three are simple on-off switches, while the lower row reverse each one's phase. It doesn't take long to accustom yourself to where everything is and which of the many tones are your favourite. Machineheads are rear-locking Schallers with
modified Gotoh pearl buttons, to look more like Brian's original headstock.
For me, a big neck is not a problem to surmount on a guitar; I even got
along with the 'baseball bat' that was the early Jeff Beck Strat. So there
was nothing too daunting here from that viewpoint. Even its relatively
parallel width presented no
The fact that the guitar has a zero fret that sits a couple of millimetres
away from the nut means that there's a certain amount of scraping across
it when you bend a string. This is obviously only noticeable when playing
unplugged and doesn't
come through the amp at all - you'd certainly never hear it at the volumes Brian plays!
As all the Fryer guitars I tried were strung with 9-gauge Maxima Gold
strings, there's naturally a light feel to them. Add to this the fact that
Brian likes quite a low action, and you'd be right to envisage a slippery
feel - especially on the two
models with Rustin's lacquered fingerboards. Bending is great and those wide, May-type vibratos come more easily under the fingers than usual, courtesy of the big neck, light action and feel. Top end access is excellent, due to the 19th fret
neck join and neat cutaway, and it was no problem to hit the top octave.
There's an obvious difference in feel between John and Paul, with their
lacquered fingerboards, and George Burns, with his bare rosewood board;
the two Beatles are more slippery than their American comedian counterpart.
With this kind of construction - lightweight composites around a core of dense hardwood - you'd expect a certain springiness of tone and a broad dynamic response. Unsurprisingly, that's exactly what you get in John and Paul - and indeed the original Old Lady, although that seemed somehow less inherently toppy than the new instruments. George Burns is a little tougher-sounding and Brian probably uses him when requiring a ballsier, more modern tone.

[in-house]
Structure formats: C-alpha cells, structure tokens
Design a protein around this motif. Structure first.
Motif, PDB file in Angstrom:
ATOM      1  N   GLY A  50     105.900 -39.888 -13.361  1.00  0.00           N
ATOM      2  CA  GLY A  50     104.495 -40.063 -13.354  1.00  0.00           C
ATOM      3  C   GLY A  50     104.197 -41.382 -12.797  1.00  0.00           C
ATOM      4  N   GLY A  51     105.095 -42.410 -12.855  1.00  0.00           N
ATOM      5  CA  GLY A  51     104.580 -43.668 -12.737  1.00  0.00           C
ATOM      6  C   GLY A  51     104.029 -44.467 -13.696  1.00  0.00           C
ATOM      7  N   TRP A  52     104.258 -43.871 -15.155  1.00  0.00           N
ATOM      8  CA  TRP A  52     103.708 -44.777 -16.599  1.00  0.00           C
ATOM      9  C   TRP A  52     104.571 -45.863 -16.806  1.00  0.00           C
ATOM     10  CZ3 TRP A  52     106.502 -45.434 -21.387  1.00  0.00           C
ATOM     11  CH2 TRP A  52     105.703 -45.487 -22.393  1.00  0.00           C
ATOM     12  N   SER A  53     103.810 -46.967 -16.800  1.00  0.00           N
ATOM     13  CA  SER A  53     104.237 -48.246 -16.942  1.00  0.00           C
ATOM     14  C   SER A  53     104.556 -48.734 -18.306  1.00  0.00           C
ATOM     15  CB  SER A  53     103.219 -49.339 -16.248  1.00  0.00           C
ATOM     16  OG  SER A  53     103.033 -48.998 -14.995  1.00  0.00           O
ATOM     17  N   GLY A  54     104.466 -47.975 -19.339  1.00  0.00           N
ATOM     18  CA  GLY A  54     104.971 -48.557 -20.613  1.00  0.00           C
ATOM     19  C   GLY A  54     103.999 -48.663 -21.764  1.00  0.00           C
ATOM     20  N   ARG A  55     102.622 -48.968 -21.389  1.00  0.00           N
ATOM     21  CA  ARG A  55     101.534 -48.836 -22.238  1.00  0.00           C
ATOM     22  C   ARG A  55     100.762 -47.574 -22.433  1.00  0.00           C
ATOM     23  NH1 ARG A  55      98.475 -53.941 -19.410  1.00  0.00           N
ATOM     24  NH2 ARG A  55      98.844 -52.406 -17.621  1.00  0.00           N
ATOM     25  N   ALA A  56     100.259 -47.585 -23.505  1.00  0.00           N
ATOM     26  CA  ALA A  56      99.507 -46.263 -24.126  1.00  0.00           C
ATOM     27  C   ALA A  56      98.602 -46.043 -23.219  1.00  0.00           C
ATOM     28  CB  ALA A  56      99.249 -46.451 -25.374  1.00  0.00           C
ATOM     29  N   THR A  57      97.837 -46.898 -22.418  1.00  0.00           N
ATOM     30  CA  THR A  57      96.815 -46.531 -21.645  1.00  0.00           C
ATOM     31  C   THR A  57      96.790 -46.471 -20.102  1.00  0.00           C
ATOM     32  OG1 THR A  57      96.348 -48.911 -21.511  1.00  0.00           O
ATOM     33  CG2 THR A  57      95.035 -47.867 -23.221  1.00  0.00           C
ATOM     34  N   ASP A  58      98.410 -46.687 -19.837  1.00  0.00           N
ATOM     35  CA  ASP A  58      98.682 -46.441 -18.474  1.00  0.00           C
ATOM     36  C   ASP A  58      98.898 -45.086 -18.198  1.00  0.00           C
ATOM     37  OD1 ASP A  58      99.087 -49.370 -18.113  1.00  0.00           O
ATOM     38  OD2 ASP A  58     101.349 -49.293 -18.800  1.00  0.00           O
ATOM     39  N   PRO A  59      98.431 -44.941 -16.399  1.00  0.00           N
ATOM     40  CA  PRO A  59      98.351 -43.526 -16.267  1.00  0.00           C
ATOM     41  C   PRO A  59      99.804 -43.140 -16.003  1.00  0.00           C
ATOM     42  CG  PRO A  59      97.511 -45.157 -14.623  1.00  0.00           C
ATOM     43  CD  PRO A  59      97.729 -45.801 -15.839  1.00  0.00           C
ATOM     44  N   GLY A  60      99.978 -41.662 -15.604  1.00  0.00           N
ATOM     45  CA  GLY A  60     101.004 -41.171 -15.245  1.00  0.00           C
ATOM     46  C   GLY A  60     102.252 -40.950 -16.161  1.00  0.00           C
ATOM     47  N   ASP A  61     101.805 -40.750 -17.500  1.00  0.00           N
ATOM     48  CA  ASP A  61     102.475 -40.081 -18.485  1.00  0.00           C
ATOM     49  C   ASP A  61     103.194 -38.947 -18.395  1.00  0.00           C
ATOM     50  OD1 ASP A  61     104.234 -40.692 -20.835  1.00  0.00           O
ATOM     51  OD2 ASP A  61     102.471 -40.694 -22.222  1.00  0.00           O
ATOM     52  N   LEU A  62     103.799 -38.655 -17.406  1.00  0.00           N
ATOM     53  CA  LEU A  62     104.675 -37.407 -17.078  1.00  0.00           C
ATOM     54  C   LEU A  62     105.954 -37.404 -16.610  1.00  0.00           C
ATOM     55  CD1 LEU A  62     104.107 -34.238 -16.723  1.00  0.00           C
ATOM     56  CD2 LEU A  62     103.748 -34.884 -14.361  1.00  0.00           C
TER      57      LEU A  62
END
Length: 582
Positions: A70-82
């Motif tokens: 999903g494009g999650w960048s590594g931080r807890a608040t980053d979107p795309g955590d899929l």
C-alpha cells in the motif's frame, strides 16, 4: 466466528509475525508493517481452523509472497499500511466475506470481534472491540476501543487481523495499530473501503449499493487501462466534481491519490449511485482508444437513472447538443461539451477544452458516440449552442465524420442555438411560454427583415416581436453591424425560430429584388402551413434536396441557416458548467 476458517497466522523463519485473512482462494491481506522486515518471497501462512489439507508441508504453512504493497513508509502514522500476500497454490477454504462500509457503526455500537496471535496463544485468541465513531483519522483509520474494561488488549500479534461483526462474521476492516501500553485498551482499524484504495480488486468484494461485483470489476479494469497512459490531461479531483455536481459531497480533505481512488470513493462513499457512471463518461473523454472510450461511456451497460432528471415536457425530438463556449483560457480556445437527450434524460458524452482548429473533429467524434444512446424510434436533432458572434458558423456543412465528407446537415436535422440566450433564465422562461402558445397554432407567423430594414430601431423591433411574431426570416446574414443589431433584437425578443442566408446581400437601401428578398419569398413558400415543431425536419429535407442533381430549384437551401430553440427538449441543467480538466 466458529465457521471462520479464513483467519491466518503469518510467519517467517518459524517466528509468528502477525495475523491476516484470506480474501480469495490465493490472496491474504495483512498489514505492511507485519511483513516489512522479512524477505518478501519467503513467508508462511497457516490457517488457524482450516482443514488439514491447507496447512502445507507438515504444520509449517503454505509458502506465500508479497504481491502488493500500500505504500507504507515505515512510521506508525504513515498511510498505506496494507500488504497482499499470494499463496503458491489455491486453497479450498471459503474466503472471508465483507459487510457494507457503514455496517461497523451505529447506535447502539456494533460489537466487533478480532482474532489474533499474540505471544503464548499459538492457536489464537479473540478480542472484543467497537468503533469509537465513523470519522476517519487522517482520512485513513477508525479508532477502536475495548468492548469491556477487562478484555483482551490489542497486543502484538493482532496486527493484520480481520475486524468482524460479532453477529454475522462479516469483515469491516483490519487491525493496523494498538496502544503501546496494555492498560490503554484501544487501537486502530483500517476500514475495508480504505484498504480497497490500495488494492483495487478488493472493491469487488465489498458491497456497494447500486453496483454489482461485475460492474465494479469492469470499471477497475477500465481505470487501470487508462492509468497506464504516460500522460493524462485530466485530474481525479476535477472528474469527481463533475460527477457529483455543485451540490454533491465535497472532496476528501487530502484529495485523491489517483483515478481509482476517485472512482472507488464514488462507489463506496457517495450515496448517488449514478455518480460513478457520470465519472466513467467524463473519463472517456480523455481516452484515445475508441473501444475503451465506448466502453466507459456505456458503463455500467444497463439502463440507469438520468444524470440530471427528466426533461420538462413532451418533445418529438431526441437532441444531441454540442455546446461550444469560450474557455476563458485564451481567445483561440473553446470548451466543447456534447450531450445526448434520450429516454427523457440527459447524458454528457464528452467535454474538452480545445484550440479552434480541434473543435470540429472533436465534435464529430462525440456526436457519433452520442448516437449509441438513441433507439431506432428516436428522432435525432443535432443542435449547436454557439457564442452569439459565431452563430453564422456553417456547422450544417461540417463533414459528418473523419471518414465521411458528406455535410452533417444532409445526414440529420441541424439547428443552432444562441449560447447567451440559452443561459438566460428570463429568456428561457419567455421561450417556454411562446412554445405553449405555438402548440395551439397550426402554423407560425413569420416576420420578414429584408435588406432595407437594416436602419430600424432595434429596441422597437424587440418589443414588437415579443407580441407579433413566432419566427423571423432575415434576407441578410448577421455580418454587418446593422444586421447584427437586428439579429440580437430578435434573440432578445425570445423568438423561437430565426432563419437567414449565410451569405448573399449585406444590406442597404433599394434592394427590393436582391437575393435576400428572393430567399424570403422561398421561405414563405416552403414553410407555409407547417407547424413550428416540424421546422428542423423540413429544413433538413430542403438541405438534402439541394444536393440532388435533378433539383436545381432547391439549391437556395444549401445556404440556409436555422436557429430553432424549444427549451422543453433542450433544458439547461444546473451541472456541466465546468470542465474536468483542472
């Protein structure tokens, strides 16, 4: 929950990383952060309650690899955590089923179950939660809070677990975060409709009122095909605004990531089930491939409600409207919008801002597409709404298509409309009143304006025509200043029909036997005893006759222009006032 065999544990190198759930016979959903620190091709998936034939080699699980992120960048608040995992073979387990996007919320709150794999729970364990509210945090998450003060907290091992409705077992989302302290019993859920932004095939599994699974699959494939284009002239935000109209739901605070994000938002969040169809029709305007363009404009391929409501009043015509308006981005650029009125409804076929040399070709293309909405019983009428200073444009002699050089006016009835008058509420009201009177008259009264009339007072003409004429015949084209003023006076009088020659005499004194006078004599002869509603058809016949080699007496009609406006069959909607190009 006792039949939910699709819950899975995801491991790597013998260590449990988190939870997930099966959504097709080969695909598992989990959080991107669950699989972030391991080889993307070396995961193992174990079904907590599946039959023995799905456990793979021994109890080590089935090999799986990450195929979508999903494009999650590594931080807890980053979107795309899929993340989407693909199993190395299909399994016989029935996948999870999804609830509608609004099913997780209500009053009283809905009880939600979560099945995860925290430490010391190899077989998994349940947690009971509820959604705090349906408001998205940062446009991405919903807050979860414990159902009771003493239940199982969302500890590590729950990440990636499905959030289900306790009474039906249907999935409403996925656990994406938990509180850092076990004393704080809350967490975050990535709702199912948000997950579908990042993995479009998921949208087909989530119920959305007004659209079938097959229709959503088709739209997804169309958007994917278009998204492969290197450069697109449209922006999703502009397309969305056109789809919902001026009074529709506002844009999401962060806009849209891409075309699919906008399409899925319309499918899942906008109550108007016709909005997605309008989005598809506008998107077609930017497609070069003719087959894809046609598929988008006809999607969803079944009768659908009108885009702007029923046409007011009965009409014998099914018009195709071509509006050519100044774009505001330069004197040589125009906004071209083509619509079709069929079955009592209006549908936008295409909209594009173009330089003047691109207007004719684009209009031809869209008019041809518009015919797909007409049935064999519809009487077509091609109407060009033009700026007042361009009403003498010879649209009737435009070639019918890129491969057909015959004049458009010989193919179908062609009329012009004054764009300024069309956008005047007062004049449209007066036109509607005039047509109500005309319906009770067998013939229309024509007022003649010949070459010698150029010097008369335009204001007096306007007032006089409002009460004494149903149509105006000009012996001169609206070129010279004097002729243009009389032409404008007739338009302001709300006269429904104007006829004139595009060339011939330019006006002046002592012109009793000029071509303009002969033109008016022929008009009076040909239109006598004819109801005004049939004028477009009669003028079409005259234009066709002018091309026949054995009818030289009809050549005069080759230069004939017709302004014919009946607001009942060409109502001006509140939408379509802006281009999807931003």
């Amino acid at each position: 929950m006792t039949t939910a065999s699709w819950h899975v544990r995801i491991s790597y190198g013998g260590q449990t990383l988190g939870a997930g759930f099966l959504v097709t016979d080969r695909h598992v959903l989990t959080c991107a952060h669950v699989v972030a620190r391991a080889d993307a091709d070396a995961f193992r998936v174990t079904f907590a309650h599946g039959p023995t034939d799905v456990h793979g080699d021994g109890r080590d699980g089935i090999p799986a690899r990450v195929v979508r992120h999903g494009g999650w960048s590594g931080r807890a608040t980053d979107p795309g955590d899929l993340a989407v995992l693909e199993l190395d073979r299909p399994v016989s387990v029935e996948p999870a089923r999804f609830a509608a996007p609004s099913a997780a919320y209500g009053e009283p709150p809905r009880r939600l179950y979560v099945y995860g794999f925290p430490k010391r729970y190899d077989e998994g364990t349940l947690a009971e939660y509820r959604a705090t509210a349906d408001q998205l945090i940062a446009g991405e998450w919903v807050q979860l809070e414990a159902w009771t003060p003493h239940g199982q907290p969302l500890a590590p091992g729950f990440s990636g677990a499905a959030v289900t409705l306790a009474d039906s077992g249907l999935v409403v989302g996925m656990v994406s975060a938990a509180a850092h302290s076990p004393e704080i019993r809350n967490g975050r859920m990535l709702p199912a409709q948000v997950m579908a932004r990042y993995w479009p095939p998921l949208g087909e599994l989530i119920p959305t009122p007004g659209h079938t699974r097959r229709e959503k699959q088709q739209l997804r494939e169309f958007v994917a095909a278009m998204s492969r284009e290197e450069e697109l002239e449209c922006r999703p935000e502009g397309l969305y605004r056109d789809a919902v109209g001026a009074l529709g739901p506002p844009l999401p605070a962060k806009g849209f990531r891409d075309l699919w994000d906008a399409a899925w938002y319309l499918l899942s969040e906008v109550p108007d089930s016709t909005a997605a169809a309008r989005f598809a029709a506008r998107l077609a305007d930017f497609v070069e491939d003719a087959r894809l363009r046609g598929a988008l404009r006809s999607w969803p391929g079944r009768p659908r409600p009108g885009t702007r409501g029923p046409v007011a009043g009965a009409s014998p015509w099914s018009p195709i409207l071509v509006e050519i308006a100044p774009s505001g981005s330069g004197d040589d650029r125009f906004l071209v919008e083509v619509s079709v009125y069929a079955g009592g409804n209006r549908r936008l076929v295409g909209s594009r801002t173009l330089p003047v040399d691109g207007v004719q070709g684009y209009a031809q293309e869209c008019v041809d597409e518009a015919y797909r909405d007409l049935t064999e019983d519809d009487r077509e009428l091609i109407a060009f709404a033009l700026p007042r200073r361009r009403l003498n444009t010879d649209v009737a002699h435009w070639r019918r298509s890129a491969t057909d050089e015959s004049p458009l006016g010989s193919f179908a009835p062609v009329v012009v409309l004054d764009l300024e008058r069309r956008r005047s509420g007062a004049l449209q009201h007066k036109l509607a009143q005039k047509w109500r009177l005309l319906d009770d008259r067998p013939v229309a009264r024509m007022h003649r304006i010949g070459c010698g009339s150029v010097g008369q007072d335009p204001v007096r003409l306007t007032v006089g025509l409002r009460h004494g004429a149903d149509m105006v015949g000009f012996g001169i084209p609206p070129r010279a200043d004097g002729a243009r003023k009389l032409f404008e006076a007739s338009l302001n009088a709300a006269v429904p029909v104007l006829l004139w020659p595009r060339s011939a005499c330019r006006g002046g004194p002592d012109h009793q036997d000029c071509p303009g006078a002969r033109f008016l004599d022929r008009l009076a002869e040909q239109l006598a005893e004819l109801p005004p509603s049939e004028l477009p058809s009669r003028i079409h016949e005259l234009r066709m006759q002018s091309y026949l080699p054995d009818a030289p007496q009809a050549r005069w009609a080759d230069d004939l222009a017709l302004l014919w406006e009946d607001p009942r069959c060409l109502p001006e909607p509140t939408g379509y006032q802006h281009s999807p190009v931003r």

Acoustically, the guitars are quite bright and loud, despite their light actions. But when you plug in - and I was fortunate enough to have Brian's own favourite Vox AC30 and the 'Deacy' amp as my testbeds - the transformation is spectacular.
The guitars' natural tone is lively and bright, with each pickup selection
offering its own version of that sound, from sharp and incisive at the
bridge, through warm and Fendery in the middle to fat and punchy at the
neck. There's no mushiness at
all, despite the often thick tones favoured by Brian for soloing or harmony work. These are usually created using beefy combinations of in and out-of-phase pickups and often with the incredibly fat-sounding 'Deacy' amp (John Deacon built
this little transistor amp for Brian years ago and it has been featured on dozens of tracks).
What I did find fascinating - and real Brian fans will want to kill
me for this privilege - was playing through the Vox and the Deacy, and
trying out different pickup and I've said before, it's a tough job, but
someone's gotta do it!
Value for money
I would imagine the amount of time, energy and sheer dedication, not
to mention blood, sweat and probably a few tears too, that have gone into
the creation of these guitars, has rarely, if ever, been equalled. That
I then have to judge them on
their worth is almost an insult to Greg Fryer, Brian and Harold May. However, £5,000 is an awful lot of anyone's money and will put these guitars out of most players' reach.
I'm sure I'd not be wrong in my assumption that only true May-heads
will be interested in looking closer. If they do they'll realise the terrific
investment potential here and be prepared to fork out for a unique piece
of rock history. I mean, think
Greg Fryer is an artisan. In all my years in this business, seldom have
I seen such dedication and sheer devotion to a task. Greg's Brian May models
are true works of art, which bear the blessing and indeed the patronage
of their original
inspiration. It doesn't get much better than that... and it doesn't get much better than this.